A TREASURE trove of old factory photos are winging their way into the archives of Sunderland Antiquarian Society.
Society members Bill Hawkins and Colin Metcalf have spent months digitising dozens of pictures of Bristol Siddeley – now Rolls-Royce – taken at the Pallion site from the 1950s onwards.
“They are a wonderful addition to our archives,” said Bill. “Thousands of Wearsiders have worked there over the years, and I’m sure the photos will bring back many memories.”
The pictures have certainly brought back happy memories for Colin, of Eden Vale, who spent 35 years at the Pallion plant.
Colin followed in his father’s footsteps to join Bristol Siddeley in 1967, working his way up from looking after the stores to checking plane engines for faults.
“My dad, Leslie, worked for the firm for nearly 22 years. He was a progress chaser, checking on the machines,” he said. “A lot of fathers and sons worked there, and I wanted to as well.
“After leaving school I got a job with Tom Cowie, in motorcycle spares, but managed to get a job at Bristol Siddeley when I was 20. It was a great place to work, and I only retired due to ill-health.
“It wasn’t all about work, though. There were Christmas parties and panto visits for the children of staff, as well as badminton and gardening clubs, a ten-pin bowling team and trips for retired staff.” The collection digitised by Bill and Colin dates from the opening of the Bristol Siddeley factory at Pallion in the early 1950s, when much of the work involved developing helicopter parts.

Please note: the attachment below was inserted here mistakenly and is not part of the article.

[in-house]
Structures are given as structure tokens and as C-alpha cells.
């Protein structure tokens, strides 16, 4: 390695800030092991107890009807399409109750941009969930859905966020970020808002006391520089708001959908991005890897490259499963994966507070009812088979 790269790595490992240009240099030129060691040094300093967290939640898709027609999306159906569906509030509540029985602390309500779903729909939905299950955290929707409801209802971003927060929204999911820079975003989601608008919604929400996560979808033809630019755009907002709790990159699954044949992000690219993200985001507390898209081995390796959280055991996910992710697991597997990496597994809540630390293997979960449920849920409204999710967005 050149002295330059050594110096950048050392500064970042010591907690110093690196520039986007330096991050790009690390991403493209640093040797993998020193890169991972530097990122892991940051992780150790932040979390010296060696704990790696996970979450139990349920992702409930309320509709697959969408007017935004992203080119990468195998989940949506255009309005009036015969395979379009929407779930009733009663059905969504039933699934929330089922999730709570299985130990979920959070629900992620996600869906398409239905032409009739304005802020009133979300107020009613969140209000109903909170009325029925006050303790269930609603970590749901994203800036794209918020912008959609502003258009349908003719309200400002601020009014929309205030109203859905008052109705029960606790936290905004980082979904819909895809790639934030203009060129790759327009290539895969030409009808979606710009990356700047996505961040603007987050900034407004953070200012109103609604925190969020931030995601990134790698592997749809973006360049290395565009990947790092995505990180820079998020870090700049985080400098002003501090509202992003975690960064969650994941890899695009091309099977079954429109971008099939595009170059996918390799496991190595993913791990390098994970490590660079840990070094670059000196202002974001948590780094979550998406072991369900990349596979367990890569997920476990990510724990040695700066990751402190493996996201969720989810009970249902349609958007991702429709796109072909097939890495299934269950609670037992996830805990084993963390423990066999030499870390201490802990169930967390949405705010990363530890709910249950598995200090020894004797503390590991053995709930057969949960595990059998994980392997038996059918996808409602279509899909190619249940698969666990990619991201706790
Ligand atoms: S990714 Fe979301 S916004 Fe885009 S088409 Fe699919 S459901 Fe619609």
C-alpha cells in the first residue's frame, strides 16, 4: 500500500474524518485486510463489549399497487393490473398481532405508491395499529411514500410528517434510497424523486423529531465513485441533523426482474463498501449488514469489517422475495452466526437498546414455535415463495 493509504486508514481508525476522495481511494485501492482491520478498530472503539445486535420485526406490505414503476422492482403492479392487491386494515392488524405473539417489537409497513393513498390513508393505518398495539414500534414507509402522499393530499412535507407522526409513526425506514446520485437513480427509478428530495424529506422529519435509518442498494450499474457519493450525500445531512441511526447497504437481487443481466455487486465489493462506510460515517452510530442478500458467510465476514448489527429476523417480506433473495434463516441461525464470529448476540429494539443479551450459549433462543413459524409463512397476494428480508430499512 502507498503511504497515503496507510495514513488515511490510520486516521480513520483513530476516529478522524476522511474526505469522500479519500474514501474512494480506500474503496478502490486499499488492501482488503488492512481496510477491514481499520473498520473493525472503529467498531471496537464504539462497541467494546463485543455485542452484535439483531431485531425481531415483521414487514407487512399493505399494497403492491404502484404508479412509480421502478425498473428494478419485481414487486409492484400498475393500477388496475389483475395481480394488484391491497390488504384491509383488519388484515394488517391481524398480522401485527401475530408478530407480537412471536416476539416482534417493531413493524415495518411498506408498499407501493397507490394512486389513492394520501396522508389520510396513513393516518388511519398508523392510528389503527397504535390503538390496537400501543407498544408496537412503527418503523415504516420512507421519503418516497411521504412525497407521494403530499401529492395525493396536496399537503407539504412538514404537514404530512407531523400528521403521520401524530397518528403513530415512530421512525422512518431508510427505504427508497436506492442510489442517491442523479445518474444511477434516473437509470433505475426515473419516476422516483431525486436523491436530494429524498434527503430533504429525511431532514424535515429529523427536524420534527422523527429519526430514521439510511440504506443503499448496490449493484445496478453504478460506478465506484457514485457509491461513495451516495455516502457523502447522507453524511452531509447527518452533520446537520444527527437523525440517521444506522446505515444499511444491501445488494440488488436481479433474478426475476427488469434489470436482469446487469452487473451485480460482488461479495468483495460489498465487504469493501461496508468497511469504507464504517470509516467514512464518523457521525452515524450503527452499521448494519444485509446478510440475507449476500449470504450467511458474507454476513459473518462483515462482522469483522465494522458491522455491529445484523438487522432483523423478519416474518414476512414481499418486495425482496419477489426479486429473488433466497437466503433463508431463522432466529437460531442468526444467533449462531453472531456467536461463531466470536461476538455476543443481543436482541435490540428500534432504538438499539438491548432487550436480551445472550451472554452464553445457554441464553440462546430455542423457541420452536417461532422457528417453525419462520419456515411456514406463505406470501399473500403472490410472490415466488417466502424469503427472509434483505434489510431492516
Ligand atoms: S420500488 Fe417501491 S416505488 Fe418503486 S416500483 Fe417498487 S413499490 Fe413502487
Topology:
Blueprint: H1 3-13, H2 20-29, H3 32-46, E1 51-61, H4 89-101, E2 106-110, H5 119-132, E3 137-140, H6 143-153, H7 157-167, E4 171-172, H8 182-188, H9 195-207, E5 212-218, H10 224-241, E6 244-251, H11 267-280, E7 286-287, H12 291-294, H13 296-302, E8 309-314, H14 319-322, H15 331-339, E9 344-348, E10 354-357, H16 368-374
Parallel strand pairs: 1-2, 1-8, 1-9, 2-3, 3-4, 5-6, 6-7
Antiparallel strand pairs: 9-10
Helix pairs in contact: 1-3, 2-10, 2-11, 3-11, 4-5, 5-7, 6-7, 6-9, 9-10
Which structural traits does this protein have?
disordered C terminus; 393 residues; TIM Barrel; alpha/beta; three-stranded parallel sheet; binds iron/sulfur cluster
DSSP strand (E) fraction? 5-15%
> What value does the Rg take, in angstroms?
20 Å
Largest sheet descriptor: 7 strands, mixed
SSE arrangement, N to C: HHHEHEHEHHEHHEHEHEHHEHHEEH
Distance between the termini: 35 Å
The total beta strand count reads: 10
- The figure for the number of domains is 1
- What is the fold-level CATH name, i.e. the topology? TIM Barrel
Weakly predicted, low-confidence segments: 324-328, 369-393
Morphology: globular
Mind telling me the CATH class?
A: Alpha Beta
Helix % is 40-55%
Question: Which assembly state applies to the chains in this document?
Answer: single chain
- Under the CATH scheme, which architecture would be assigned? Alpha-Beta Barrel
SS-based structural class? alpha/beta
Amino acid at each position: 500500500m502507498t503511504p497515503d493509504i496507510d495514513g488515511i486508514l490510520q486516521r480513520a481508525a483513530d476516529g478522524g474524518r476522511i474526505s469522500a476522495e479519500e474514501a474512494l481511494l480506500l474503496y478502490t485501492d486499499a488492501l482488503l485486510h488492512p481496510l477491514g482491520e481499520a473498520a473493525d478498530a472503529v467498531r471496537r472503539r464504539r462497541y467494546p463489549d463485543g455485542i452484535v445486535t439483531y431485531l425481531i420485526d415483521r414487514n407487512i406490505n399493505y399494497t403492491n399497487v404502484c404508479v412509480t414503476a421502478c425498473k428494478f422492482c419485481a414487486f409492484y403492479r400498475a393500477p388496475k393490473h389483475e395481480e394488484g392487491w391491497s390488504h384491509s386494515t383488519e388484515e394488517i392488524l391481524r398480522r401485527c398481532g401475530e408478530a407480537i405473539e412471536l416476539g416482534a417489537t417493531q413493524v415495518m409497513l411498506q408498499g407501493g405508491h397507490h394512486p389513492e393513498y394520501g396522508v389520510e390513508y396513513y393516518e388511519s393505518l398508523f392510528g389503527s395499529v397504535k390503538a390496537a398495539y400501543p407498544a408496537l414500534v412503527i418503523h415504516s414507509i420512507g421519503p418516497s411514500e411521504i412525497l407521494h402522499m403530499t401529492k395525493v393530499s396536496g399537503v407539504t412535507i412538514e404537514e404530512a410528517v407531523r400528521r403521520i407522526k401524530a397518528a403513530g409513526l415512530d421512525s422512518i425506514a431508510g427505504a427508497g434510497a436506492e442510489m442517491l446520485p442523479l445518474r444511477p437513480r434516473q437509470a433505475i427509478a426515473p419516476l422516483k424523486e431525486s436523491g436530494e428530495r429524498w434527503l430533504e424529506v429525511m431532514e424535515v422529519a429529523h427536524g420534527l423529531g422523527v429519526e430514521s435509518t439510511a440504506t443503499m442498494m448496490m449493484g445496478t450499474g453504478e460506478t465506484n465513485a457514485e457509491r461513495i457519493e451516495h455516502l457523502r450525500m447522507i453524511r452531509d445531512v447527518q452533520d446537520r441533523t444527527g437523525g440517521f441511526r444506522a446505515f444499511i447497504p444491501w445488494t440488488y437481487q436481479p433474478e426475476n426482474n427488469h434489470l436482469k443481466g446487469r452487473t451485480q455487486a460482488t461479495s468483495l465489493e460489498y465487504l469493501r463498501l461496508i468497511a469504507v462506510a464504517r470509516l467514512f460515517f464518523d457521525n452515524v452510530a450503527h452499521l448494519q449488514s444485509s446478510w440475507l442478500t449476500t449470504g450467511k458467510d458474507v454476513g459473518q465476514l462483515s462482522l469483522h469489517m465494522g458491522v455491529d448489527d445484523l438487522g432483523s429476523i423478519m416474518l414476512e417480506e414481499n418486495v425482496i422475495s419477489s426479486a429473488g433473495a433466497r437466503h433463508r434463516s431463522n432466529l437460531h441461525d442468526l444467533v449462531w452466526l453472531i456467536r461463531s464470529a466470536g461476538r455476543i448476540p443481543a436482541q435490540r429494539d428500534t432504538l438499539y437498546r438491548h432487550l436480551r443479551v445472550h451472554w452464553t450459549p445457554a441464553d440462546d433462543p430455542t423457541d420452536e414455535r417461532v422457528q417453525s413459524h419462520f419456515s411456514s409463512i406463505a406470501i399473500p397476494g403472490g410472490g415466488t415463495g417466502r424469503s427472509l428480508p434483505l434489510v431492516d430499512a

“Obviously, with working there, I knew there were pictures of the early years. They were often mounted on boards and put out on display during open days at the site,” said Colin.
“As a member of the Antiquarians I have a special interest in local history, so I thought I would approach Rolls-Royce and ask if we could have copies for our archives. Luckily they said yes.
“It took about a year to get everything sorted out, but it was definitely worth it. We were given access to photos from the 1950s through to the 1980s – and they really are a bit of a treasure.”
David Fisher, a human resources officer at Rolls-Royce, helped to arrange the loan of the pictures, and the scanned versions have now been placed in the Antiquarian archives.
“We really appreciate David’s help, and that of Rolls-Royce. These old photographs have now been saved for the future, which is what the Antiquarian Society is all about,” said Colin.
* All photos copyright of Rolls-Royce. More old pictures in next Saturday’s paper. If you have memories to share of the firm, contact Sarah Stoner by email on email@example.com